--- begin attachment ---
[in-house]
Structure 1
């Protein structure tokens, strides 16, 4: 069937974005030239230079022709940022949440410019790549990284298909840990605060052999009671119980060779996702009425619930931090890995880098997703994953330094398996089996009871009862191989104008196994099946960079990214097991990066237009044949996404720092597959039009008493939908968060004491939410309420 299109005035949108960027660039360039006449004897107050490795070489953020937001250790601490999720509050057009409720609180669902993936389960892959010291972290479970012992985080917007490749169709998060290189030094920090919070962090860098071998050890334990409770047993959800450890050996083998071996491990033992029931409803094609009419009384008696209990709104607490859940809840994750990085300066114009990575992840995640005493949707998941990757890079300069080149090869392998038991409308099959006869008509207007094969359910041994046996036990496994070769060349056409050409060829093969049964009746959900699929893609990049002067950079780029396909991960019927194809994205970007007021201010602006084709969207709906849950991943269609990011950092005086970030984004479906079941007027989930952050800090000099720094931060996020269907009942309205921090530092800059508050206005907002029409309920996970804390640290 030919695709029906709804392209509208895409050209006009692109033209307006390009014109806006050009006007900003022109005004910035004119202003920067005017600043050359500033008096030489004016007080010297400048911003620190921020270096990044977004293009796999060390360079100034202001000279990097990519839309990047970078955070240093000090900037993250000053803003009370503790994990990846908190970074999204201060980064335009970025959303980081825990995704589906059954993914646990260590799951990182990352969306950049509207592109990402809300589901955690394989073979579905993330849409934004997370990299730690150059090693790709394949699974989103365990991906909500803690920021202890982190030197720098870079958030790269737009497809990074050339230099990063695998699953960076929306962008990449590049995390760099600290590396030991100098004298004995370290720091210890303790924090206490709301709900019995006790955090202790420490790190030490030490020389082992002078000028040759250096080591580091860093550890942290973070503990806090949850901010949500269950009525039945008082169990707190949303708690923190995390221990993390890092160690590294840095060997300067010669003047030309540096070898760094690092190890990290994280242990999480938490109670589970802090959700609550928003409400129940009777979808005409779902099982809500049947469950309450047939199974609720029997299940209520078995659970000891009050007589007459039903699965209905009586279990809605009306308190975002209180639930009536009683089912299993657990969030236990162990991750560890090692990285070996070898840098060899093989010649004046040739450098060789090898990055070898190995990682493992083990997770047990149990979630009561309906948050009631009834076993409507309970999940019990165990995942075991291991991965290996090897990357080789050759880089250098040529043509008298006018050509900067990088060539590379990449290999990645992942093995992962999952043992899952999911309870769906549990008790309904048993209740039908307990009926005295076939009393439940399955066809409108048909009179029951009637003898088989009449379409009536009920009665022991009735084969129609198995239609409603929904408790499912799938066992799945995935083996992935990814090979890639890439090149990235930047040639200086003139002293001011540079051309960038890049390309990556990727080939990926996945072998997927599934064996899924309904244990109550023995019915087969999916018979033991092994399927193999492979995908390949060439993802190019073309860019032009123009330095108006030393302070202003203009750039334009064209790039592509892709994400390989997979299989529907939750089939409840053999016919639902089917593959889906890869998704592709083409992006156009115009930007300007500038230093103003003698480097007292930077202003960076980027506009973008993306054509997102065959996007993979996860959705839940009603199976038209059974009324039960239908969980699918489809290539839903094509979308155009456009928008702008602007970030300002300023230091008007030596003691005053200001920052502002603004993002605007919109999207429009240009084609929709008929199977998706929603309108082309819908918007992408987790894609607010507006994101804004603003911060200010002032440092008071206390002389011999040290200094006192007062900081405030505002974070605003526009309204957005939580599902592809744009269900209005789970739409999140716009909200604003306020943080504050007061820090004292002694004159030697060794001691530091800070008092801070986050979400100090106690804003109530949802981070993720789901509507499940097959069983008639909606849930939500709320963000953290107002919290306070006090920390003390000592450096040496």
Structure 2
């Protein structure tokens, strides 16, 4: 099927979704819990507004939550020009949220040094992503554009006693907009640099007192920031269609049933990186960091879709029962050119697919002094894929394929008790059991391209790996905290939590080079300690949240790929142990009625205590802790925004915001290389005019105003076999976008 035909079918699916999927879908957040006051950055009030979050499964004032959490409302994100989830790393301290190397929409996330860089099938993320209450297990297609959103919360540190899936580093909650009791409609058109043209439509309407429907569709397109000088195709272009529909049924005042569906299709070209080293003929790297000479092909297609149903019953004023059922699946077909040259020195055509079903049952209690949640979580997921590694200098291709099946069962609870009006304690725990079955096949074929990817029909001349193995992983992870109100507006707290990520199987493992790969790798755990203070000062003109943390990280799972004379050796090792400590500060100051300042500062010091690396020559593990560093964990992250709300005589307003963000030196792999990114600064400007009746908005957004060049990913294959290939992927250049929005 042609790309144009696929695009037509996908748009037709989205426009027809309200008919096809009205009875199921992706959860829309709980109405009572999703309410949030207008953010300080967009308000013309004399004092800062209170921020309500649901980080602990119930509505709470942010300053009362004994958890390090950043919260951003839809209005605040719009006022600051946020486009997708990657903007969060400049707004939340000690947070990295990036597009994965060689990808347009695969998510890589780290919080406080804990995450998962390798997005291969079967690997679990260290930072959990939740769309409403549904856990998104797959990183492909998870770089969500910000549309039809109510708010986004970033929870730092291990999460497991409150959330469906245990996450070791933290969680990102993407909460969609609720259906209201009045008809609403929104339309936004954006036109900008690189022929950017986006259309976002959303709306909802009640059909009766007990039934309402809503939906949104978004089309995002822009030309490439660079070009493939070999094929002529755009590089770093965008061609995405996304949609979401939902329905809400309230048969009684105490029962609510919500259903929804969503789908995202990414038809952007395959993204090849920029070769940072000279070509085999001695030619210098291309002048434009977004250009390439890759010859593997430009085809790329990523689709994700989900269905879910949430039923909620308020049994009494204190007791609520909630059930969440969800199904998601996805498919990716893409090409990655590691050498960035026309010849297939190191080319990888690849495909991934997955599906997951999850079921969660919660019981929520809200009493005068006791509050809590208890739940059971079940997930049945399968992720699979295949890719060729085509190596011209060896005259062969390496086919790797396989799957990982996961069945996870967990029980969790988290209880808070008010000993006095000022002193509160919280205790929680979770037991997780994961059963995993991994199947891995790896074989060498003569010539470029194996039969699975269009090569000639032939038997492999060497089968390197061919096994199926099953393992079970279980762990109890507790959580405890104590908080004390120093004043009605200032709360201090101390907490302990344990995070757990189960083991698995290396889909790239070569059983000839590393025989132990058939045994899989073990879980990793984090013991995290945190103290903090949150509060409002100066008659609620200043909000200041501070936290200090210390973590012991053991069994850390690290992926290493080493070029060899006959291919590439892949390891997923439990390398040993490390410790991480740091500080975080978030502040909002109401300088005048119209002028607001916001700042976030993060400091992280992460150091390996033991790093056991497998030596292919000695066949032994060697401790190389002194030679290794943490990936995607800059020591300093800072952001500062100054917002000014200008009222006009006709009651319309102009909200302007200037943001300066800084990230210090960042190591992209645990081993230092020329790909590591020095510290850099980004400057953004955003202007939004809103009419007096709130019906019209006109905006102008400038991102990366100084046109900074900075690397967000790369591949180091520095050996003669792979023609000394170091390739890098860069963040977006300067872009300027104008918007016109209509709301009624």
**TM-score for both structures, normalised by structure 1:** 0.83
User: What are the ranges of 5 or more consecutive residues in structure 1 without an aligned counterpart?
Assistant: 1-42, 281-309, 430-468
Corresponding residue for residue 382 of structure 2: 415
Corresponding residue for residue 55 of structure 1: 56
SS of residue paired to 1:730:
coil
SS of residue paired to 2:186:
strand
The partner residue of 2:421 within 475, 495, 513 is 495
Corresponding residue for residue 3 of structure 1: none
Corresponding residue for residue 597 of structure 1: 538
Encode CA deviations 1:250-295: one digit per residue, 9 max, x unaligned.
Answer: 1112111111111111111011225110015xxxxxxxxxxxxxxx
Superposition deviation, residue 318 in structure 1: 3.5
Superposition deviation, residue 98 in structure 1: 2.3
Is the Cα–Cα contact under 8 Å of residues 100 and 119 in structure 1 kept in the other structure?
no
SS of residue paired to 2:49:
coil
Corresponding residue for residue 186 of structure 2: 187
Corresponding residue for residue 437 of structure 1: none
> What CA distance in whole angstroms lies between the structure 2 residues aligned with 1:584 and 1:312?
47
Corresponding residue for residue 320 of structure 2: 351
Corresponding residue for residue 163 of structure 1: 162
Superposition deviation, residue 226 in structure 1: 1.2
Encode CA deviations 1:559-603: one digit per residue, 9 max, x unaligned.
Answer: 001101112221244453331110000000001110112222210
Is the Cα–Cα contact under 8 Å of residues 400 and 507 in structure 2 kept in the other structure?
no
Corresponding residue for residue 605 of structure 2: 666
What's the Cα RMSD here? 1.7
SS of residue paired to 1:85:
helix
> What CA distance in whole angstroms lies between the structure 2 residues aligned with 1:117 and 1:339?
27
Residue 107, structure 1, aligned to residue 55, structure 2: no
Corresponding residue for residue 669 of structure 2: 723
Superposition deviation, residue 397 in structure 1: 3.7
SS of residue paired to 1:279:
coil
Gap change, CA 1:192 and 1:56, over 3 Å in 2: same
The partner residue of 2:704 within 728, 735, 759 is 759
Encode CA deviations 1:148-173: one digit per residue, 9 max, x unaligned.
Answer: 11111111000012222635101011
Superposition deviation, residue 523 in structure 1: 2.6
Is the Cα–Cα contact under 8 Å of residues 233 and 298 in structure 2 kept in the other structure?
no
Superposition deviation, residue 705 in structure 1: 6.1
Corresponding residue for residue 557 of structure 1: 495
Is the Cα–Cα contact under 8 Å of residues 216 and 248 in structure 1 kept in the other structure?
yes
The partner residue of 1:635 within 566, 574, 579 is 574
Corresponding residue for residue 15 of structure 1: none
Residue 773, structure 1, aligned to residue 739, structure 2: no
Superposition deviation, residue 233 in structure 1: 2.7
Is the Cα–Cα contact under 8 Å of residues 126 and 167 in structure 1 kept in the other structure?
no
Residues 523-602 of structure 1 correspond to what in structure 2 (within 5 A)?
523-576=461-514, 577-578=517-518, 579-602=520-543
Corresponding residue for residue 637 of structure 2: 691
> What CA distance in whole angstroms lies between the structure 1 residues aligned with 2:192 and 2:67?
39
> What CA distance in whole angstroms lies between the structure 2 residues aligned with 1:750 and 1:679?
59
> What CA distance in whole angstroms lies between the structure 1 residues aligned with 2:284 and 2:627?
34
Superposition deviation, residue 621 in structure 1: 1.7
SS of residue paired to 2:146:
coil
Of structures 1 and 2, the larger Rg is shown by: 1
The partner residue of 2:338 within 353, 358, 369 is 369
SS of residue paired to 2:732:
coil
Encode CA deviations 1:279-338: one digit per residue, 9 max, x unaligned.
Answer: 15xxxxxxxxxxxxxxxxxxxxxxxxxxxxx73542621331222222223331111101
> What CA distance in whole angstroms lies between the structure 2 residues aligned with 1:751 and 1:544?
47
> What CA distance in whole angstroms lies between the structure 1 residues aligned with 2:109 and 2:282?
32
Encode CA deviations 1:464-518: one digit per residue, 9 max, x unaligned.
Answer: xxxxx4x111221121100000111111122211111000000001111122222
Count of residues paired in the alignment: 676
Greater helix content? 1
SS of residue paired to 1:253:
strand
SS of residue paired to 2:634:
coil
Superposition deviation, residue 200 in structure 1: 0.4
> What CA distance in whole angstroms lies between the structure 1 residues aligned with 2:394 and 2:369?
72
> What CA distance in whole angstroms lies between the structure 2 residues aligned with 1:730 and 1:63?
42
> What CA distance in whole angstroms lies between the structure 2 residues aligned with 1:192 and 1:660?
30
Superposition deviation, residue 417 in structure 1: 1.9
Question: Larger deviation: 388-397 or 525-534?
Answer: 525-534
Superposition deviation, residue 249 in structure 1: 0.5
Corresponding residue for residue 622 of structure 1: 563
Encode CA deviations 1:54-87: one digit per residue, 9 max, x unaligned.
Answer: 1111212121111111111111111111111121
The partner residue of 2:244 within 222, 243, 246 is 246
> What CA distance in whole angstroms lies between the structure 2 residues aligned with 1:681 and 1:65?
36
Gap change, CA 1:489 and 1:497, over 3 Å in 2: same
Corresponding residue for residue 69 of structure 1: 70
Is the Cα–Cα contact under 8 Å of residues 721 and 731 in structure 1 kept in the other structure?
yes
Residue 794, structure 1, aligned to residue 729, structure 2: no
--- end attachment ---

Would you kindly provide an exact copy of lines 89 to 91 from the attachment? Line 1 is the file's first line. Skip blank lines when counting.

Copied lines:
Count of residues paired in the alignment: 676
Greater helix content? 1
SS of residue paired to 1:253: